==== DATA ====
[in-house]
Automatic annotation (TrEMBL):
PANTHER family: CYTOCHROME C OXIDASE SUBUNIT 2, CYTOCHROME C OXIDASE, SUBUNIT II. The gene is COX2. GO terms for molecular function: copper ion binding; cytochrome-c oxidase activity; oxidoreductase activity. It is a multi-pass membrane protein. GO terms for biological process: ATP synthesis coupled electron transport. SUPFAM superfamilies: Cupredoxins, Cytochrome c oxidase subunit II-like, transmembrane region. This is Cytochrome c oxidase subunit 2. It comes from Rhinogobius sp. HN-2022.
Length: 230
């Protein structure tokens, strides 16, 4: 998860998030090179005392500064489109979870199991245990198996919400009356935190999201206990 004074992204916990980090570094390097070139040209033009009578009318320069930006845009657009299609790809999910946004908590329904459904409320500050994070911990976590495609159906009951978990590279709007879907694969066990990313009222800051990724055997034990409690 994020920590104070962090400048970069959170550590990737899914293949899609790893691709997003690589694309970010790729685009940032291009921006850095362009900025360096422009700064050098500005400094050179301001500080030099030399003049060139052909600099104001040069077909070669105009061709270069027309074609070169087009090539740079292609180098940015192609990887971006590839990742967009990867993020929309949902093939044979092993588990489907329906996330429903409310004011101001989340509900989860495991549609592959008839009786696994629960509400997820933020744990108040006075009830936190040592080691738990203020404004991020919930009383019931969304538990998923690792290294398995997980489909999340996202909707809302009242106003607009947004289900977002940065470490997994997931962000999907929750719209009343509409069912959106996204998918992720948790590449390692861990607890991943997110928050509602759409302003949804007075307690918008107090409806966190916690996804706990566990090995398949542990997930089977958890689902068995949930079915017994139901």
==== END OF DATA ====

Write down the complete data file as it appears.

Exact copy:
[in-house]
Automatic annotation (TrEMBL):
PANTHER family: CYTOCHROME C OXIDASE SUBUNIT 2, CYTOCHROME C OXIDASE, SUBUNIT II. The gene is COX2. GO terms for molecular function: copper ion binding; cytochrome-c oxidase activity; oxidoreductase activity. It is a multi-pass membrane protein. GO terms for biological process: ATP synthesis coupled electron transport. SUPFAM superfamilies: Cupredoxins, Cytochrome c oxidase subunit II-like, transmembrane region. This is Cytochrome c oxidase subunit 2. It comes from Rhinogobius sp. HN-2022.
Length: 230
């Protein structure tokens, strides 16, 4: 998860998030090179005392500064489109979870199991245990198996919400009356935190999201206990 004074992204916990980090570094390097070139040209033009009578009318320069930006845009657009299609790809999910946004908590329904459904409320500050994070911990976590495609159906009951978990590279709007879907694969066990990313009222800051990724055997034990409690 994020920590104070962090400048970069959170550590990737899914293949899609790893691709997003690589694309970010790729685009940032291009921006850095362009900025360096422009700064050098500005400094050179301001500080030099030399003049060139052909600099104001040069077909070669105009061709270069027309074609070169087009090539740079292609180098940015192609990887971006590839990742967009990867993020929309949902093939044979092993588990489907329906996330429903409310004011101001989340509900989860495991549609592959008839009786696994629960509400997820933020744990108040006075009830936190040592080691738990203020404004991020919930009383019931969304538990998923690792290294398995997980489909999340996202909707809302009242106003607009947004289900977002940065470490997994997931962000999907929750719209009343509409069912959106996204998918992720948790590449390692861990607890991943997110928050509602759409302003949804007075307690918008107090409806966190916690996804706990566990090995398949542990997930089977958890689902068995949930079915017994139901």